Corporate branding

corporate brandbranding
Corporate branding refers to the practice of promoting the brand name of a corporate entity, as opposed to specific products or services.wikipedia
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Brand architecture

sub-brand
The ways in which corporate brands and other brands interact is known as the corporate brand architecture.
The brand architecture should define the different leagues of branding within the organization; how the corporate brand and sub-brands relate to and support each other; and how the sub-brands reflect or reinforce the core purpose of the corporate brand to which they belong.

Individual branding

flanker brandIndividual product brandindividual product brands
Individual branding contrasts with umbrella branding (or umbrella branding) and corporate branding, in which the firm markets all of its product together, using the same brand name and identity.

Brand

brand namemarquebrands
Corporate branding refers to the practice of promoting the brand name of a corporate entity, as opposed to specific products or services.

Corporation

corporatecorporationsincorporated
Although corporate branding is a distinct activity from product or service branding, these different forms of branding can, and often do, take place side-by-side within a given corporation.

Economies of scope

scopeEconomy of scopeScope economies
It therefore can result in significant economies of scope since one advertising campaign can be used for several products.

Advertising

advertisementadvertisementscommercial
It therefore can result in significant economies of scope since one advertising campaign can be used for several products. These touchpoints include; logo, customer service, treatment and training of employees, packaging, advertising, stationery, and quality of products and services.

New product development

product developmentdevelopmentdeveloping
It also facilitates new product acceptance because potential buyers are already familiar with the name.

Positioning (marketing)

positioningmarket positionproduct positioning
However, this strategy may hinder the creation of distinct brand images or identities for different products: an overarching corporate brand reduces the ability to position a brand with an individual identity, and may conceal different products' unique characteristics.

Touchpoint

touch pointmarketing touch points
Branding can incorporate multiple touchpoints.

Logo

logotypecorporate logologo design
These touchpoints include; logo, customer service, treatment and training of employees, packaging, advertising, stationery, and quality of products and services.

Customer service

customer careservicecustomer feedback
These touchpoints include; logo, customer service, treatment and training of employees, packaging, advertising, stationery, and quality of products and services.

Stationery

stationerschool suppliesstationers
These touchpoints include; logo, customer service, treatment and training of employees, packaging, advertising, stationery, and quality of products and services.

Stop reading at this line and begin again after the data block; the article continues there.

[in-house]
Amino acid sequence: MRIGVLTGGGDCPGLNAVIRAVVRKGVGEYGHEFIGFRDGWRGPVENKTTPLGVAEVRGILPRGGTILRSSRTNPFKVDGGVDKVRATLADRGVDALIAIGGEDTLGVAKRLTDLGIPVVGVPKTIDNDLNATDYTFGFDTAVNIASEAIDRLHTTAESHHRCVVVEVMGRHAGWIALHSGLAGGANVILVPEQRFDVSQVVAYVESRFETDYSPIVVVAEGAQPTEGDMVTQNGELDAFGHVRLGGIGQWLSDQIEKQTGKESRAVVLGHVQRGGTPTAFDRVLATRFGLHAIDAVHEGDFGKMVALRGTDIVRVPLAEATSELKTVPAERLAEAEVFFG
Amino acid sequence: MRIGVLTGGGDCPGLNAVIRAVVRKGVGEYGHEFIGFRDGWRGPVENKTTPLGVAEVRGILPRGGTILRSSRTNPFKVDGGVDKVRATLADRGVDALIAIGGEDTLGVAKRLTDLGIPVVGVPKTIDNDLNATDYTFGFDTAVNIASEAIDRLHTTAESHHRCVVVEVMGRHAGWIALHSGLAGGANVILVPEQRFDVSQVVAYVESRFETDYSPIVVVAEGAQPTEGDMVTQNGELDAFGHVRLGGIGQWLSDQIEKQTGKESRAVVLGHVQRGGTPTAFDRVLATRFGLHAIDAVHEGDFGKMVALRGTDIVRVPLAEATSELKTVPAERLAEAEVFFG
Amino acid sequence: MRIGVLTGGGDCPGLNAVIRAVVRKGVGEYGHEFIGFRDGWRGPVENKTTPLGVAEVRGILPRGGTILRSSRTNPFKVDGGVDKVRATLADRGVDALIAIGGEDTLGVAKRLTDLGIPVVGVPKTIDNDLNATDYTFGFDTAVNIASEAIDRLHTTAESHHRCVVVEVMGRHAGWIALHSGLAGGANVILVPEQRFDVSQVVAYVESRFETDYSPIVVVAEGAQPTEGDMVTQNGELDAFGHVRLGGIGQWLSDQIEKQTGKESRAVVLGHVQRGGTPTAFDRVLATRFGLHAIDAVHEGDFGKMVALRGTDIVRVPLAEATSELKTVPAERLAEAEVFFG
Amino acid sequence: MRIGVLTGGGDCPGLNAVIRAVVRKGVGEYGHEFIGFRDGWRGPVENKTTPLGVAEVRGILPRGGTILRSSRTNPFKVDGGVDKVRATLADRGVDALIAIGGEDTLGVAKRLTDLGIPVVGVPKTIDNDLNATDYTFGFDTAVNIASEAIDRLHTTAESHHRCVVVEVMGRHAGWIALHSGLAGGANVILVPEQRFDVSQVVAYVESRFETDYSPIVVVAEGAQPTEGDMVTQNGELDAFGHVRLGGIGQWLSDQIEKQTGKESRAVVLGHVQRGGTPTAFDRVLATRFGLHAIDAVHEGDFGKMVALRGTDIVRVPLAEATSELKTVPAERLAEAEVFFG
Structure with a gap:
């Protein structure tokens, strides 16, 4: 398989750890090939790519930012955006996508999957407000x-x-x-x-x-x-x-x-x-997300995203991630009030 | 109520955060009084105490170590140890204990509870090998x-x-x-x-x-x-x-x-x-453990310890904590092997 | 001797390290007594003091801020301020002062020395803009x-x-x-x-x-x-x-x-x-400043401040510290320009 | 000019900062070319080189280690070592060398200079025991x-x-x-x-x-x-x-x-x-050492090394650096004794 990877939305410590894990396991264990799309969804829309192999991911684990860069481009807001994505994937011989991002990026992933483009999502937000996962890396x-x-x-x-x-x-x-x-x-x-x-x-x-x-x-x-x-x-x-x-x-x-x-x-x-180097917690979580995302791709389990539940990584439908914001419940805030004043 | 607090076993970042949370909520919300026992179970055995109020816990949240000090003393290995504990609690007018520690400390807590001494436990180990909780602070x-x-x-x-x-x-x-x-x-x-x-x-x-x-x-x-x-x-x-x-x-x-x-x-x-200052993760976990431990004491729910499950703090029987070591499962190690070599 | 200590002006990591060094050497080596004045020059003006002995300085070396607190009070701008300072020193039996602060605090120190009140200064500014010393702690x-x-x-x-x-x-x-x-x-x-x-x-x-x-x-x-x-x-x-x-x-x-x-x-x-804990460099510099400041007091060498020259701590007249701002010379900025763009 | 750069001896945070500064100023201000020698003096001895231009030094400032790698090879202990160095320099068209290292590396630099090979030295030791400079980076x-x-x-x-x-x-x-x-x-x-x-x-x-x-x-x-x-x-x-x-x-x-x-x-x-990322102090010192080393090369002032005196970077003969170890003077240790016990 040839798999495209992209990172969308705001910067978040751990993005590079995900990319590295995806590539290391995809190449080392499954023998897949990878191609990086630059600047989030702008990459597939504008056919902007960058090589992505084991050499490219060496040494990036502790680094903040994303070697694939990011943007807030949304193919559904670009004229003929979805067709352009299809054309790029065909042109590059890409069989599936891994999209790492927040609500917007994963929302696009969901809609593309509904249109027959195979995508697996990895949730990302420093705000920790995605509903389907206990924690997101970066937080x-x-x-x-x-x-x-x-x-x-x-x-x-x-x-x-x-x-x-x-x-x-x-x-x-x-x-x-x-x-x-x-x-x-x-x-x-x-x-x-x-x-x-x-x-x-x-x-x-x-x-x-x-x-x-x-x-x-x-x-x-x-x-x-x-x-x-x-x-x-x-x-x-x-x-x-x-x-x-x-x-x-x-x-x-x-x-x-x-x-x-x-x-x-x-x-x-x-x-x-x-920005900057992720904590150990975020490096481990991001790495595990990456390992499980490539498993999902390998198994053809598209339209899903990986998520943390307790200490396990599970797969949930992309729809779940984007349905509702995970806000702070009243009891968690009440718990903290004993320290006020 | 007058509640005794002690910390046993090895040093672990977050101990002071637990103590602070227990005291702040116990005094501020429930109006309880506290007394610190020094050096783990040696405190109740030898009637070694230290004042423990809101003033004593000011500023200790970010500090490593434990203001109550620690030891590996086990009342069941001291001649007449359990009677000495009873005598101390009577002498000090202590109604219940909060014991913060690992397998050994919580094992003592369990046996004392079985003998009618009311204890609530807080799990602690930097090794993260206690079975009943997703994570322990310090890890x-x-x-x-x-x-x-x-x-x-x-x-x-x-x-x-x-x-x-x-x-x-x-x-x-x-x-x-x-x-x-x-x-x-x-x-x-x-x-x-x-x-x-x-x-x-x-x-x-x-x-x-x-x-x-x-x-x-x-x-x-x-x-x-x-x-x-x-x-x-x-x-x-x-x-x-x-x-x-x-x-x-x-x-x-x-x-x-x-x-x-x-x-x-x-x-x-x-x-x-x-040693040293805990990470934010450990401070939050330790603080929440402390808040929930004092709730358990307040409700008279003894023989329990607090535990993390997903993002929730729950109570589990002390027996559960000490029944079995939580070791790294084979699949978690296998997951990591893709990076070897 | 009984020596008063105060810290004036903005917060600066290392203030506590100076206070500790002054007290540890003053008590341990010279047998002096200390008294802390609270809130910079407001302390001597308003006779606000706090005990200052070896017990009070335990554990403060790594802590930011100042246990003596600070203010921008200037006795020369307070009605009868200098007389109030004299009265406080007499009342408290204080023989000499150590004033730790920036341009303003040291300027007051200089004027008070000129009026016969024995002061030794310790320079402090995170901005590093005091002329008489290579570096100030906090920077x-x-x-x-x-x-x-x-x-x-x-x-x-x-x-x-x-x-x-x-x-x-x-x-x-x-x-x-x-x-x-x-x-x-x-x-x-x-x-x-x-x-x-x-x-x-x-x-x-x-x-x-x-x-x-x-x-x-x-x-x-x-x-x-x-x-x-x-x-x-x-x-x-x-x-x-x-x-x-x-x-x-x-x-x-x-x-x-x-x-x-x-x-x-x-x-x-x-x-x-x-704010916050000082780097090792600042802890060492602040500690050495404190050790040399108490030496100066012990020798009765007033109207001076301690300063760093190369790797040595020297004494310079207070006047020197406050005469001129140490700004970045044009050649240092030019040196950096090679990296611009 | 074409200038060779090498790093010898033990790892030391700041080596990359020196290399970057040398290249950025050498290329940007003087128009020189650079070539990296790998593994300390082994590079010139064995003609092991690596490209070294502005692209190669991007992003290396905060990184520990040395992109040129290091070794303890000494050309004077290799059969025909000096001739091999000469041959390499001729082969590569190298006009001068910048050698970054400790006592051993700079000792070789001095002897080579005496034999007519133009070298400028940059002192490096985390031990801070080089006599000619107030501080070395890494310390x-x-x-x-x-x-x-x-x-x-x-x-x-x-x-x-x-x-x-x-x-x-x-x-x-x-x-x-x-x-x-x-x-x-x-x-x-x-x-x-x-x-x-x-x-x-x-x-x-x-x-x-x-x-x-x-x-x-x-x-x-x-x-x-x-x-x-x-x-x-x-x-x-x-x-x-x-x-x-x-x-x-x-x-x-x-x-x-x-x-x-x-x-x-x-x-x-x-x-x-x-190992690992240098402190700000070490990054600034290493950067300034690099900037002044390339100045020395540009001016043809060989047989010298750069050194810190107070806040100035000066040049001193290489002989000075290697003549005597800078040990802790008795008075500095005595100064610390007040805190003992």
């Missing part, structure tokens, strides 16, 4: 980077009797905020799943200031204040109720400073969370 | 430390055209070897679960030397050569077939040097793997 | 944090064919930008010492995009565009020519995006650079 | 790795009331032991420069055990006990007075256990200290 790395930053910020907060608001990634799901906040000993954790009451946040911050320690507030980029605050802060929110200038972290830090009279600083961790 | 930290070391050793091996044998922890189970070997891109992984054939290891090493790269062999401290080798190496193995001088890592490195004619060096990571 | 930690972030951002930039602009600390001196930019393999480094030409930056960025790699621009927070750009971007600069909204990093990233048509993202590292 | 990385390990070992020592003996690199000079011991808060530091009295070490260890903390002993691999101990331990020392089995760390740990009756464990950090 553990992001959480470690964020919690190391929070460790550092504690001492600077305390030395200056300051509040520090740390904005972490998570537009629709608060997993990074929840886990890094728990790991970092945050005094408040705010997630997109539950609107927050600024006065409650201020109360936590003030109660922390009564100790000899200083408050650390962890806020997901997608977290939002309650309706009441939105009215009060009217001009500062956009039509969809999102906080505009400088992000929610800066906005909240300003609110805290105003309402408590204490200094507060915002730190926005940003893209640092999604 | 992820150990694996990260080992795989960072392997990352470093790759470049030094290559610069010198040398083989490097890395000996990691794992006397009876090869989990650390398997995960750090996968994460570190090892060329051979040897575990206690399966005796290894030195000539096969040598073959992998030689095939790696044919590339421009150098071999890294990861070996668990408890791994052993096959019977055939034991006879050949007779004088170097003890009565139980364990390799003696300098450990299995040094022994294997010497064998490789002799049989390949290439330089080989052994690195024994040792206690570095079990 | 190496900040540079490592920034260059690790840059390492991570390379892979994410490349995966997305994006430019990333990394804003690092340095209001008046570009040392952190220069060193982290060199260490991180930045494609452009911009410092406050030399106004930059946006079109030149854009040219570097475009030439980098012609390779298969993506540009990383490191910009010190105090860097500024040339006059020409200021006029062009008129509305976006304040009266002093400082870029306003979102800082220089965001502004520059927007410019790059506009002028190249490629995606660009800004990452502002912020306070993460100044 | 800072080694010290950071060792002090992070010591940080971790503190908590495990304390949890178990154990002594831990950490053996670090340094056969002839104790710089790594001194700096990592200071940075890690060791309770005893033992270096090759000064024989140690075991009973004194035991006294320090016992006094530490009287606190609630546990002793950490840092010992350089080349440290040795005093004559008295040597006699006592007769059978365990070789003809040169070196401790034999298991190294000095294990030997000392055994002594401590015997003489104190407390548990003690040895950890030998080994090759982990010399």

Organizational culture

corporate culturecompany cultureculture
It has been argued that successful corporate branding often stems from a strong coherence between what the company's top management seek to accomplish (their strategic vision), what the company's employees know and believe (lodged in its organizational culture), and how its external stakeholders perceived the company (their image of it).

Marketing

marketermarketedmarketing campaign
Changes in stakeholder expectations are causing an increasing number of corporations to integrate marketing, communications and corporate social responsibility into corporate branding.

Communication

communicationsSocial Communicationcommunicate
Changes in stakeholder expectations are causing an increasing number of corporations to integrate marketing, communications and corporate social responsibility into corporate branding.

IBM

International Business MachinesIBM CorporationInternational Business Machines Corporation
This trend is evident in campaigns such as IBM Smarter Planet, G.E. Ecomagination, The Coca-Cola Company Live Positively, and DOW Human Element.

General Electric

GEGeneral Electric CompanyGeneral Electric Co.
This trend is evident in campaigns such as IBM Smarter Planet, G.E. Ecomagination, The Coca-Cola Company Live Positively, and DOW Human Element.

The Coca-Cola Company

Coca-ColaCoca-Cola CompanyCoca Cola Company
This trend is evident in campaigns such as IBM Smarter Planet, G.E. Ecomagination, The Coca-Cola Company Live Positively, and DOW Human Element.

Dow Chemical Company

Dow ChemicalDowThe Dow Chemical Company
This trend is evident in campaigns such as IBM Smarter Planet, G.E. Ecomagination, The Coca-Cola Company Live Positively, and DOW Human Element.

Digital Revolution

computer revolutioncomputerizationThird Industrial Revolution
Transparency is, in part, a byproduct of the digital revolution, which has enabled stakeholders—employees, retirees, customers, business partners, supply chain partners, investors, neighbors—with the ability to share opinion about corporations via social media.

Social media

socialsocial media platformsocial media campaign
Transparency is, in part, a byproduct of the digital revolution, which has enabled stakeholders—employees, retirees, customers, business partners, supply chain partners, investors, neighbors—with the ability to share opinion about corporations via social media.

Corporate social responsibility

CSRcorporate responsibilitycorporate citizenship
Changes in stakeholder expectations are causing an increasing number of corporations to integrate marketing, communications and corporate social responsibility into corporate branding.